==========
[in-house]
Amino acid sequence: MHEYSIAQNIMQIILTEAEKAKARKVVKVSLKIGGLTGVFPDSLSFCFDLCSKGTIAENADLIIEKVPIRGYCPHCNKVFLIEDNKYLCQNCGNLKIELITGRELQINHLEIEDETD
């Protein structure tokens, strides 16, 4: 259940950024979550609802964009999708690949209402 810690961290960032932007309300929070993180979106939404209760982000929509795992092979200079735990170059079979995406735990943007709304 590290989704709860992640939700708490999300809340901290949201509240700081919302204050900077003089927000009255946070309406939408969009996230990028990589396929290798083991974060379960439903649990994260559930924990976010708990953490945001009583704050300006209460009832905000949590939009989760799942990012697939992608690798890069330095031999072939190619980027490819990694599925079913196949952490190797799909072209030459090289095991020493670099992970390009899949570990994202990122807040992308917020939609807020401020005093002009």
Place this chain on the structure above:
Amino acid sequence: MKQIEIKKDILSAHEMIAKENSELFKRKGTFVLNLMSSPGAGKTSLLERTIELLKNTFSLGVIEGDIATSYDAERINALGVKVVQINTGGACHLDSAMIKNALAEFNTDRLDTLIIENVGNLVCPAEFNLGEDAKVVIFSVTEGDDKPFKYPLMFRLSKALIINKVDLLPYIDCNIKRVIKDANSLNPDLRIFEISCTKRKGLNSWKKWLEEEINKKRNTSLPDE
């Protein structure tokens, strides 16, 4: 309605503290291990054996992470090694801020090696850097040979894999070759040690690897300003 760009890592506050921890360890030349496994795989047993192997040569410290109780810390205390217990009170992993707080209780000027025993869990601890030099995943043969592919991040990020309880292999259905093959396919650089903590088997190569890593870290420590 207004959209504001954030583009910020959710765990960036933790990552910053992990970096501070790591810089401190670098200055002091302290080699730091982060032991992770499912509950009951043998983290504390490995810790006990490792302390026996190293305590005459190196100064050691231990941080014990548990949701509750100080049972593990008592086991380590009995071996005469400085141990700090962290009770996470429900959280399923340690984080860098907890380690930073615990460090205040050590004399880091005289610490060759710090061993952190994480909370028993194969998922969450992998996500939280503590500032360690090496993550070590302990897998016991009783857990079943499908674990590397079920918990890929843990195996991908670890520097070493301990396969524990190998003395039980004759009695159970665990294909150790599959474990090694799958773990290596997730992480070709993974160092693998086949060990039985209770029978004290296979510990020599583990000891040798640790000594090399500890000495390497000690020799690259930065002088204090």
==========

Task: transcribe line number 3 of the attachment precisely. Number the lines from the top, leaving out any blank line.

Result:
């Protein structure tokens, strides 16, 4: 259940950024979550609802964009999708690949209402 810690961290960032932007309300929070993180979106939404209760982000929509795992092979200079735990170059079979995406735990943007709304 590290989704709860992640939700708490999300809340901290949201509240700081919302204050900077003089927000009255946070309406939408969009996230990028990589396929290798083991974060379960439903649990994260559930924990976010708990953490945001009583704050300006209460009832905000949590939009989760799942990012697939992608690798890069330095031999072939190619980027490819990694599925079913196949952490190797799909072209030459090289095991020493670099992970390009899949570990994202990122807040992308917020939609807020401020005093002009």